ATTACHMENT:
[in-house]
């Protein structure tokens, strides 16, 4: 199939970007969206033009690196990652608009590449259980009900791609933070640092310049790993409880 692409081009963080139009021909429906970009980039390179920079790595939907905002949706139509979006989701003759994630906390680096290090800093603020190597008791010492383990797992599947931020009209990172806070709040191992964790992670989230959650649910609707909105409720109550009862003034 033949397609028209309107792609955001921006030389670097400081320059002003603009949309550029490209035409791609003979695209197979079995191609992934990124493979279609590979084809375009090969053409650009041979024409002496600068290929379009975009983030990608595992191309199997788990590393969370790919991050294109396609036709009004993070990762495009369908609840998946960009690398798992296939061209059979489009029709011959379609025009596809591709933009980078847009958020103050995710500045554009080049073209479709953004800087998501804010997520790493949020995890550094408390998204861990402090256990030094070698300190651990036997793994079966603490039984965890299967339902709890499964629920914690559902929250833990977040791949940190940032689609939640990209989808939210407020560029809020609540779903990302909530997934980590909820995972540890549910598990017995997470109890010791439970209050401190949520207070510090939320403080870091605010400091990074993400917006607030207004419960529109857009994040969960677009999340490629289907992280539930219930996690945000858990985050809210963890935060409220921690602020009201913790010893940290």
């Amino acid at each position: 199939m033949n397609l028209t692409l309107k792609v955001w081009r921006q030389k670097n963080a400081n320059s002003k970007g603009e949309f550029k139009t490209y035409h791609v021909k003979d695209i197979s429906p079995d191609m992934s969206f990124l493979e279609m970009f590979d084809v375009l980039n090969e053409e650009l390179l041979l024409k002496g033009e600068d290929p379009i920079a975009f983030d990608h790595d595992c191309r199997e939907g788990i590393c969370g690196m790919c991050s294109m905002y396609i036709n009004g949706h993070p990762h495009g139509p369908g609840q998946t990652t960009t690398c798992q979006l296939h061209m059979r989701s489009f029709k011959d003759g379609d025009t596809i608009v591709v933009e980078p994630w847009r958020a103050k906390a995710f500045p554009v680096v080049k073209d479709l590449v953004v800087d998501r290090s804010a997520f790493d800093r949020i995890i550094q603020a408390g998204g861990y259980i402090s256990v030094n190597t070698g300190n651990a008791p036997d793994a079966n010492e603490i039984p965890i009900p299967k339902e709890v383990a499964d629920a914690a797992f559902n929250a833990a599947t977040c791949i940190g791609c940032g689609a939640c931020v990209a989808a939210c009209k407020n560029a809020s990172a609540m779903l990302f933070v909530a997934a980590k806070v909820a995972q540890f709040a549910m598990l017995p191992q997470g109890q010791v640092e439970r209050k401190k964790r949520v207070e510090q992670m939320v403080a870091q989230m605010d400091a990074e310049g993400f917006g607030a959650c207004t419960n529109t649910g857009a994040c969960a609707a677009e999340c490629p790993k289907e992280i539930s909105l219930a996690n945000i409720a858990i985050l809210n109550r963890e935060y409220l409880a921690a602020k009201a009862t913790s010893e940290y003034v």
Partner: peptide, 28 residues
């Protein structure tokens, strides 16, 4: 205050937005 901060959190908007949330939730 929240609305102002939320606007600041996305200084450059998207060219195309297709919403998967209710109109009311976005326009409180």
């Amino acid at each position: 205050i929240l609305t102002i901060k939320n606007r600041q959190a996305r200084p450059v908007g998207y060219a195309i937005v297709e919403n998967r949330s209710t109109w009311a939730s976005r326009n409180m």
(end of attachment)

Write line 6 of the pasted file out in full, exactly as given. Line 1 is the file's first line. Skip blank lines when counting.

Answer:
């Amino acid at each position: 205050i929240l609305t102002i901060k939320n606007r600041q959190a996305r200084p450059v908007g998207y060219a195309i937005v297709e919403n998967r949330s209710t109109w009311a939730s976005r326009n409180m």